The “Win-Win” panel focused on ways in which corporate America’s primary focus on maximizing short-term profit has affected business, the economy and the middle class. Members also explored what steps can be taken to refocus business on long-term investments, including research and job growth.
“You can’t have a healthy economy without a healthy middle class,” Biden said in leading off the discussion. “It really comes down to what companies choose to do with their profits.”
Biden cited a thriving middle class as historically key to America’s success, providing a boost to the economy as a whole and a path for others to move out of poverty. Today, with groups of people suffering job losses and middle class opportunities shrinking, he said, the social cost is great.
“We have to return to this [ideal]: Everything is possible. Everything is possible in America,” Biden said.
The eight-member panel largely agreed that most investors, corporate executives and boards of directors recognize the importance of taking a long view, but their actions often fail to reflect that. Instead, the consensus was that the fear of a poor quarterly performance causes companies to focus on short-term gains to the detriment of future growth.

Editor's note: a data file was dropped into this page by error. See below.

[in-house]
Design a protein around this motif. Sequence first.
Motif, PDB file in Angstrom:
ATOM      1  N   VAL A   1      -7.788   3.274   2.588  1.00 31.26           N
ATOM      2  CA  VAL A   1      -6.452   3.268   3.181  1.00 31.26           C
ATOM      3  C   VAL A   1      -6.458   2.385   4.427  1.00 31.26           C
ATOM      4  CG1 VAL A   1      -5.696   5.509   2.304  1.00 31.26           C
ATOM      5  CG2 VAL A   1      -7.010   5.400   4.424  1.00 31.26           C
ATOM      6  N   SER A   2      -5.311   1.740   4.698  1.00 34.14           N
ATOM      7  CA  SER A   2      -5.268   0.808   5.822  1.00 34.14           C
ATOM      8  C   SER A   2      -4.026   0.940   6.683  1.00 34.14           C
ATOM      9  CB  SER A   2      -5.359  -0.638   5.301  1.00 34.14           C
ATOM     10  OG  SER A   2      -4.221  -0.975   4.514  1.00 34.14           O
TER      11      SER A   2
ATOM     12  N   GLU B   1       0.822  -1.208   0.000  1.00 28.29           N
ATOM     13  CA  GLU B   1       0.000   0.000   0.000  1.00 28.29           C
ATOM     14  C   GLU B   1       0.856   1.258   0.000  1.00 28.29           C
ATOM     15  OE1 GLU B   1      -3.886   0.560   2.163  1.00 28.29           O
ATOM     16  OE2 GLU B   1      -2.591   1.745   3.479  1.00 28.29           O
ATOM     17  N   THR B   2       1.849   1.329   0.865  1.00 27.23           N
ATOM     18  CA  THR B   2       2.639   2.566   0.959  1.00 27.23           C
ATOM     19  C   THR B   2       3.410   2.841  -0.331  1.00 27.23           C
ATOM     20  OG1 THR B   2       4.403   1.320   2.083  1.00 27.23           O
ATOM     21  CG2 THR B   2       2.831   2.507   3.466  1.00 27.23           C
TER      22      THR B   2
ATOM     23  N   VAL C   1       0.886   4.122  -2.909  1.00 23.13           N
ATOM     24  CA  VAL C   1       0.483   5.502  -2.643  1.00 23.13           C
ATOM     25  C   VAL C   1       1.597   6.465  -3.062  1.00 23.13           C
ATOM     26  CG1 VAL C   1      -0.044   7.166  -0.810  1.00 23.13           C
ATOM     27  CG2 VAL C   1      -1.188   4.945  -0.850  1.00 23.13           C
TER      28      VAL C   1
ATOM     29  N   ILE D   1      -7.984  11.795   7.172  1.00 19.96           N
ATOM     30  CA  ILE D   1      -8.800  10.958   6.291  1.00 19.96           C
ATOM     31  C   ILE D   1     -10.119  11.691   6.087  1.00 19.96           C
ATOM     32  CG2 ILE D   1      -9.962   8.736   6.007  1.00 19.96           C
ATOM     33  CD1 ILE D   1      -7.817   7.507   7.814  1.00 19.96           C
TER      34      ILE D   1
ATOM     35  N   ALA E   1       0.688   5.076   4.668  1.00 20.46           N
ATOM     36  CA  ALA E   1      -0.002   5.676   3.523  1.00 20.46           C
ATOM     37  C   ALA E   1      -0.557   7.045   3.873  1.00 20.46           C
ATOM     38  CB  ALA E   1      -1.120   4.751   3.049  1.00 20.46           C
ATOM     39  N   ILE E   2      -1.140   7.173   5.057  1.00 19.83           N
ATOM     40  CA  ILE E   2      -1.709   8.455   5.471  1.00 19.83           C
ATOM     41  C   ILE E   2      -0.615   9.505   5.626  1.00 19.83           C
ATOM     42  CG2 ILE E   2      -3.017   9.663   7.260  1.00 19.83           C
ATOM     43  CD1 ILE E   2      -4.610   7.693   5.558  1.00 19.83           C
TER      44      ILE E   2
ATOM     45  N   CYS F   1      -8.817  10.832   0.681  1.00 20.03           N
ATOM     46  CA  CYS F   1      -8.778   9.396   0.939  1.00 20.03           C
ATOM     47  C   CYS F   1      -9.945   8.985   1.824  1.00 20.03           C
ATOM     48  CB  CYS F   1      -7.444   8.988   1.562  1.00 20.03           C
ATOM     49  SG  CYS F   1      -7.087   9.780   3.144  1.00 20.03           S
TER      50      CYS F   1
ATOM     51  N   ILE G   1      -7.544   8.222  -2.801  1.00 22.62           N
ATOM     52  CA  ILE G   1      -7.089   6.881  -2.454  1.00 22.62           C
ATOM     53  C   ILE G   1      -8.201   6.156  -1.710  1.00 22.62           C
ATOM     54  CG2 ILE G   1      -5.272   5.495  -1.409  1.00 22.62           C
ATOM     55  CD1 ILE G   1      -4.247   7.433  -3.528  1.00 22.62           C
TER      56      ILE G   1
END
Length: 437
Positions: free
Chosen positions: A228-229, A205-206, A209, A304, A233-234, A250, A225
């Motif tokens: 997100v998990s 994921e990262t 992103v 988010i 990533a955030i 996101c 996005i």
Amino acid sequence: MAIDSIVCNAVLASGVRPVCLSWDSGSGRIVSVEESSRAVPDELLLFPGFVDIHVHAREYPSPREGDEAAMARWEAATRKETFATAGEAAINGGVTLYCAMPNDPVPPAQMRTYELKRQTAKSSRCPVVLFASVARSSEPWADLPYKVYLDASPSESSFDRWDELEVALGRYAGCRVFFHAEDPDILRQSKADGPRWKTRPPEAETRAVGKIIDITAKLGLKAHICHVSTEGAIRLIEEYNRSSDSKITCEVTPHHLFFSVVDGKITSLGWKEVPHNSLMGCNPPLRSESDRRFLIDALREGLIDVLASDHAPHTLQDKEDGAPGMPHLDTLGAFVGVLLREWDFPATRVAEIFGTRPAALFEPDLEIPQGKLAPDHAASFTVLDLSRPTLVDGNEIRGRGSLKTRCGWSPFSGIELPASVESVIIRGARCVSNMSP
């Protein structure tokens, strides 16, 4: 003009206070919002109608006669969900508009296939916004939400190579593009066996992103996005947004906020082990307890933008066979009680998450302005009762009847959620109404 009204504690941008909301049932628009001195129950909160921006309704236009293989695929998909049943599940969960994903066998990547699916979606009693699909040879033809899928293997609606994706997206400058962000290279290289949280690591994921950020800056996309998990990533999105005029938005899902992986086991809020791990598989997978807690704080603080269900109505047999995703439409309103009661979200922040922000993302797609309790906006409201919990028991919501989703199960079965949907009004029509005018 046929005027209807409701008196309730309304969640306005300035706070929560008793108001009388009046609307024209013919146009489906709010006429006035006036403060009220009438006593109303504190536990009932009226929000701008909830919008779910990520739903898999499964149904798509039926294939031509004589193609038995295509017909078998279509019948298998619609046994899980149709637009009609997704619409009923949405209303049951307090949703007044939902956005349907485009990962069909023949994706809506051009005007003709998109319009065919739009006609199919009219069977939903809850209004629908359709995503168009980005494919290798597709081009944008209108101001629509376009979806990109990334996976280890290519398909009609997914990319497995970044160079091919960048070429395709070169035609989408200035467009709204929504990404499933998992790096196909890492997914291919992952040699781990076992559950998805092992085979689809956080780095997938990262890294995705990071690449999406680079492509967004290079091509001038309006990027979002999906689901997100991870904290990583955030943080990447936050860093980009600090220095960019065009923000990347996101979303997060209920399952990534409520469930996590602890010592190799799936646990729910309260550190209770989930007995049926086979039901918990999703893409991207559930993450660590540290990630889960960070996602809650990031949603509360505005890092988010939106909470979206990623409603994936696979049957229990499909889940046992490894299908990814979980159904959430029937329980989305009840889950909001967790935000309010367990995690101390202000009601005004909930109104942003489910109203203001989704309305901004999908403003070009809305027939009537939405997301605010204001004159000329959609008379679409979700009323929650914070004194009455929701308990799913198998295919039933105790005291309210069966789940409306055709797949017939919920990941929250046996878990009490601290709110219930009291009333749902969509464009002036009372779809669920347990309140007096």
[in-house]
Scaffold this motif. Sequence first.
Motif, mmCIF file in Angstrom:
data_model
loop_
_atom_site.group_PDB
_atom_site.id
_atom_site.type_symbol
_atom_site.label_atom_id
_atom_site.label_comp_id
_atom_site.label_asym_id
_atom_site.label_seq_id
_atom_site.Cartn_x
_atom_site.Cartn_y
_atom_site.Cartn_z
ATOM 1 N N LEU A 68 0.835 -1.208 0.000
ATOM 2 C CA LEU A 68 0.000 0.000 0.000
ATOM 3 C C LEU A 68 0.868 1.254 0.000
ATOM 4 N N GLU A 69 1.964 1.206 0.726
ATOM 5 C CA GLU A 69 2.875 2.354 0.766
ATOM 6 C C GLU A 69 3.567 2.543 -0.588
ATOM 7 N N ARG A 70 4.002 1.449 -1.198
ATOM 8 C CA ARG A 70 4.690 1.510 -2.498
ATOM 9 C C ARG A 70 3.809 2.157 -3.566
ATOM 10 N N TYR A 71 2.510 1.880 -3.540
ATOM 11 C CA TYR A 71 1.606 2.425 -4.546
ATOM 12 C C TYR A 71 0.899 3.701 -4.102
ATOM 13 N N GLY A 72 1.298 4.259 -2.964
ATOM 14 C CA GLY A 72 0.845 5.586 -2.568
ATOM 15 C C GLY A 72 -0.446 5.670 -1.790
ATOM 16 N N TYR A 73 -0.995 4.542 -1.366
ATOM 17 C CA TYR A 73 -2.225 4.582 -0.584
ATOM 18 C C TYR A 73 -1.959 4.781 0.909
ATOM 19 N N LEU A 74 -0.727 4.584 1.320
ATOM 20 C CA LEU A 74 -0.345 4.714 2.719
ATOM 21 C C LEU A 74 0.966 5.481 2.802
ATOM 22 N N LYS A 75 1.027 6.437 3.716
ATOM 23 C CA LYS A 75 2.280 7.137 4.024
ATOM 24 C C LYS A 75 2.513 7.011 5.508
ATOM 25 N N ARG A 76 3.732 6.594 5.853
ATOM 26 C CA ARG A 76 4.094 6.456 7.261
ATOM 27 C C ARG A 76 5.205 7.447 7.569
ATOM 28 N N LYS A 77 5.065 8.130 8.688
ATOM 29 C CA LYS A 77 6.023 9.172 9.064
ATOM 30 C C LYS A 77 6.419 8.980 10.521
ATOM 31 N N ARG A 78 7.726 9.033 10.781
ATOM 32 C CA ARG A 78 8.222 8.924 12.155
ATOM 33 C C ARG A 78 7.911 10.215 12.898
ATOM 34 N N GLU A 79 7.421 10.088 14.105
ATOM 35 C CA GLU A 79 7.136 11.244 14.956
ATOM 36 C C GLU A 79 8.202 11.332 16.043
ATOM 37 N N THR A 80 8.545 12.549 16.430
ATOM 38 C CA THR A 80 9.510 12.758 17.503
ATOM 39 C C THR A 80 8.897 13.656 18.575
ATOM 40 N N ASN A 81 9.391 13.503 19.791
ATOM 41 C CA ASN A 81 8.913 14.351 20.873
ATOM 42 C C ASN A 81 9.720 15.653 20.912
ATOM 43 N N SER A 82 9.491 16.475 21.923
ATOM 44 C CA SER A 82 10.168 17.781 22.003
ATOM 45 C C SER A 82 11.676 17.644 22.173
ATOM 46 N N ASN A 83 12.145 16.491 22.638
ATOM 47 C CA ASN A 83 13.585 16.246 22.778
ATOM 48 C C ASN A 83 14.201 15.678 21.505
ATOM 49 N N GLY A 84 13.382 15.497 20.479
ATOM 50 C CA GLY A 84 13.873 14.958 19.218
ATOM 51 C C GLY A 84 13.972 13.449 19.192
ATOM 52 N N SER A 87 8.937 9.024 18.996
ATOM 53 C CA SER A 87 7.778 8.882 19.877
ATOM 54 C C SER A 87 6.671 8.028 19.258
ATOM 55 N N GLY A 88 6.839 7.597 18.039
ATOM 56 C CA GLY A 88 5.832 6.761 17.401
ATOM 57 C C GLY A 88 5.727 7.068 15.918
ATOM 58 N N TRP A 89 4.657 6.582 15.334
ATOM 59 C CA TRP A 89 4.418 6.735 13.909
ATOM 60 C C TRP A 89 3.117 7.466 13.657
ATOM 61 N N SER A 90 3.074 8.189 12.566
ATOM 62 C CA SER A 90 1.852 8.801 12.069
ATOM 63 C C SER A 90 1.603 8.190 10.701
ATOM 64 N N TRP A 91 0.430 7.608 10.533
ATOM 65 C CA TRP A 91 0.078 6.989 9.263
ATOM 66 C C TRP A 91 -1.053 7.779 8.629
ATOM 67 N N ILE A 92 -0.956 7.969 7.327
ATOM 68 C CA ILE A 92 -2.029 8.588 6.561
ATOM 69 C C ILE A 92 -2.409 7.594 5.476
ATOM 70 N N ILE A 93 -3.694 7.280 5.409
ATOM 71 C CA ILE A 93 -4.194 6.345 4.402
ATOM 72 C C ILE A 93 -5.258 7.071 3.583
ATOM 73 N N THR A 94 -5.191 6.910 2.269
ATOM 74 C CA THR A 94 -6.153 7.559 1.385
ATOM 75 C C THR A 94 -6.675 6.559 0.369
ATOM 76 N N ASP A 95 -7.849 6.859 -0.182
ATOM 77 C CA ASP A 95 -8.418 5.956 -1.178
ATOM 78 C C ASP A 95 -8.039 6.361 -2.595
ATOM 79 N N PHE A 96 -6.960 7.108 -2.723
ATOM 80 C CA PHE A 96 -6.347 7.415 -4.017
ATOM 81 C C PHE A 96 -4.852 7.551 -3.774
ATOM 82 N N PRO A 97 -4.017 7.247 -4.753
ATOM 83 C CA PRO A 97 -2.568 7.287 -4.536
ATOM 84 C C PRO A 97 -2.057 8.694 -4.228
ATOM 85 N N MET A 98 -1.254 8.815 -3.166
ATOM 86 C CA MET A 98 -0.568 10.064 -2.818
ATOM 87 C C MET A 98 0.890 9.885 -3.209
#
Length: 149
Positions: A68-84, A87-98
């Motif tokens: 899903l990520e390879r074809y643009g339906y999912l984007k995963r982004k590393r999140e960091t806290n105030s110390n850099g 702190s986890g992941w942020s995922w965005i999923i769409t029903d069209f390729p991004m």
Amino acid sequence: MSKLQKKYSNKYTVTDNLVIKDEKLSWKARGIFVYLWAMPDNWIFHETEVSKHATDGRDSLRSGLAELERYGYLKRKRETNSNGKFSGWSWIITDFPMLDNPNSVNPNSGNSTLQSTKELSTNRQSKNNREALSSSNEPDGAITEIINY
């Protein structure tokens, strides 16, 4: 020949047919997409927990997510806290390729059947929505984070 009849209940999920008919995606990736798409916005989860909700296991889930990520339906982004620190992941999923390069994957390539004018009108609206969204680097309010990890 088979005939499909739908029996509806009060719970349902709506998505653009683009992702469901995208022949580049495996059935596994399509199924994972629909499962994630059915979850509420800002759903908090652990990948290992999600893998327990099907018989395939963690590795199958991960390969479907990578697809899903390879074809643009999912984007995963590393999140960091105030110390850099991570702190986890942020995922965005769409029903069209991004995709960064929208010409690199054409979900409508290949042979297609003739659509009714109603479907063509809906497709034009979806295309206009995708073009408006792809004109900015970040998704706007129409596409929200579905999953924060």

“Most corporate leaders know the right thing to do, but they’re not doing it,” said Mark Wiseman of BlackRock. He emphasized that businesses are responsible to their investors and must remember that those investments come from individuals, many of whom have carefully saved their money.
“Every dollar, every yen, every rupee in the world belongs to individuals,” Wiseman said. “The ultimate owners of the world’s corporations are all of us … and yet these corporations are not working in our economic interest.”